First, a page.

Then we moved on to bridges. I LOVE BRIDGES. Pictures of them are great, yes, but DRIVING across them gives me thrills I "can't express in mere words" (a famous Dad line). In preparation for driving across particularly exciting ones (Golden Gate, Coronado Bay, that floating one in Seattle), I've even been known to pull over beforehand and select an appropriate bit of music to have blaring as I travel across - something that blows my skirt up as much as the drive across does.

In lieu of a unit test, I had my students research and explain the forces acting on the three major types of bridges: Beam (including covered and truss bridges), Arch, and Suspension. They came back from Thanksgiving weekend with models they'd built, and were totally excited about some of the bridges they looked up. I loved that they got into the project, and I hope that at least some of them will view these incredible homages to engineering as marvelous and awe-inspiring whenever they come across one in the future. I've shown some of my favorites below.

This one we saw, travelled across, and photographed during our trip through Oregon last summer. Oregon is chock full of cool bridges - one reason I'd move there. The plethora of Dairy Queen stops would be another.

The famous Tower Bridge in London. I travelled across it at night and loved it. How could you not??

The rest I've never seen in person but want to. This one is in Singapore, called Henderson Waves. I love it when designers put something snazzy in there.

The Seven-Mile Bridge in the Florida Keys. See, it's named "Seven Mile Bridge" because, well, it's 18 miles long.

A gorgeous arch bridge in the south of France, called the Pont du Gard.

If Ted ever whisks us away to Boston, I want to go across the Taxpayers' Bridge, named for...well...the people who paid for it. Thanks, people!

This next one is the longest suspension bridge in the world, connecting Kobe to Awaji Island in Japan. Imagine being on this bridge for 2.5 miles! My mom couldn't handle it. She gasps with fear when we go over the 105 to 110 North freeway overpass (and I love it! Wheeeee!!!) This bridge has the added feature of being built to withstand 180-mph gusts and earthquakes of Richter Scale 8.5 - that's pretty intense.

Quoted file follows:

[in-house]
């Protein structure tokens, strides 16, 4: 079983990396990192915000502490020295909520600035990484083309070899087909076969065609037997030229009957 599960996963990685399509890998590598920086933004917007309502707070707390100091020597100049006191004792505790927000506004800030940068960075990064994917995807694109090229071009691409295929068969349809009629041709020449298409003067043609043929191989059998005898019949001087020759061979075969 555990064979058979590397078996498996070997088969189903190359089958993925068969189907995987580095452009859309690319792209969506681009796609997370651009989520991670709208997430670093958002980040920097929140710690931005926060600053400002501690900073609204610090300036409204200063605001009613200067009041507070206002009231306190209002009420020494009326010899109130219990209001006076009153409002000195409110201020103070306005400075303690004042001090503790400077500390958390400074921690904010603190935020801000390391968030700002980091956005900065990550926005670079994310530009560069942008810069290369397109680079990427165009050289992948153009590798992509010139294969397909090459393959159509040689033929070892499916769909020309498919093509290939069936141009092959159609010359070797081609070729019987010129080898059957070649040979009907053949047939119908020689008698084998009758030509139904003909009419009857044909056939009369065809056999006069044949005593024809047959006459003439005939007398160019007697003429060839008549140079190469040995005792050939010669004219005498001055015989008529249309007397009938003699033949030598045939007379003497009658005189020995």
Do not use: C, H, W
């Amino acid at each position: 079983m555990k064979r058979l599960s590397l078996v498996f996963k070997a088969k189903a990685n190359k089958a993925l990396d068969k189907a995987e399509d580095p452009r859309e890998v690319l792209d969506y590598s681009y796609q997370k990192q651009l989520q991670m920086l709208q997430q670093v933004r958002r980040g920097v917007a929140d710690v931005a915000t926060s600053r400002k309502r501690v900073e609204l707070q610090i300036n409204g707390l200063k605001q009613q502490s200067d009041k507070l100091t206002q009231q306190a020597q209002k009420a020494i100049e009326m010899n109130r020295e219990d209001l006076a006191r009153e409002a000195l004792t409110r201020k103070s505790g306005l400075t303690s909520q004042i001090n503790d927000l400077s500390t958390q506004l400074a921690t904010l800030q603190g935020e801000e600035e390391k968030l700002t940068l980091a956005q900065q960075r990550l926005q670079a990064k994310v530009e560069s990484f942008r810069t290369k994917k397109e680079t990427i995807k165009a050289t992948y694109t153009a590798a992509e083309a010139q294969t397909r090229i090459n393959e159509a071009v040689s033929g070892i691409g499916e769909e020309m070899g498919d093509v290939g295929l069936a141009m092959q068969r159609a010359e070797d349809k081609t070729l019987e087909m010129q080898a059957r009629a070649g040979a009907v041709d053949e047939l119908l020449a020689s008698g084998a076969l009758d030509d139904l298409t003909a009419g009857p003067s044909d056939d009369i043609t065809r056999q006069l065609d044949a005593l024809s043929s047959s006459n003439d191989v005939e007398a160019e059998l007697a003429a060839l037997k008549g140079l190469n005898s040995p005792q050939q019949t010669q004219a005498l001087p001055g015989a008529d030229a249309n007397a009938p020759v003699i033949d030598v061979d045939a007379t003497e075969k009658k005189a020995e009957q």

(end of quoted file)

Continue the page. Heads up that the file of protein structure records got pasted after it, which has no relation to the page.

This bridge, called Monitor-Merrimac Memorial Bridge-Tunnel (or MMMBT for short), is a 4.6-mile long combination bridge-tunnel system connecting two Virginia communities across the mouth of the James River. So cool - just drive into the water!

I'm grateful to be married to a man who is filled with current event and general trivia knowledge. The other day he came home and told me about Dubai - how it is running out of its usual exportable goods and therefore coming up with alternate forms of money-making ventures. At the top of the list: tourism. This is the proposed mile-long bridge that would run through the city. I love the design on this one.

This last one is something I would never want to be on. It's a video of the Tacoma Narrows bridge (the first one), aka "Gallopin' Gertie" in Washington State. My students had to look up a failed/collapsed bridge in addition to their other research, and several found this one. Take a few minutes to watch it. This footage is shown in introductory physics courses in college as what NOT to do.

The wind that caused the collapse was only going about 40 mph, but the wind's resonance matched the natural resonance of the structure, causing solid concrete and steel to move with a periodic motion - hence the "galloping". We watched the video as a class, and aside from the typical pre-teen responses, most students were in awe that wind could do something like that. I agree!

I realize this is a bit off my normal type of post, but I hope you at least enjoyed some pictures. Contrary to what some students might believe, a little education never hurt anyone.

The Cooling Rack

Baked goods are only half the story...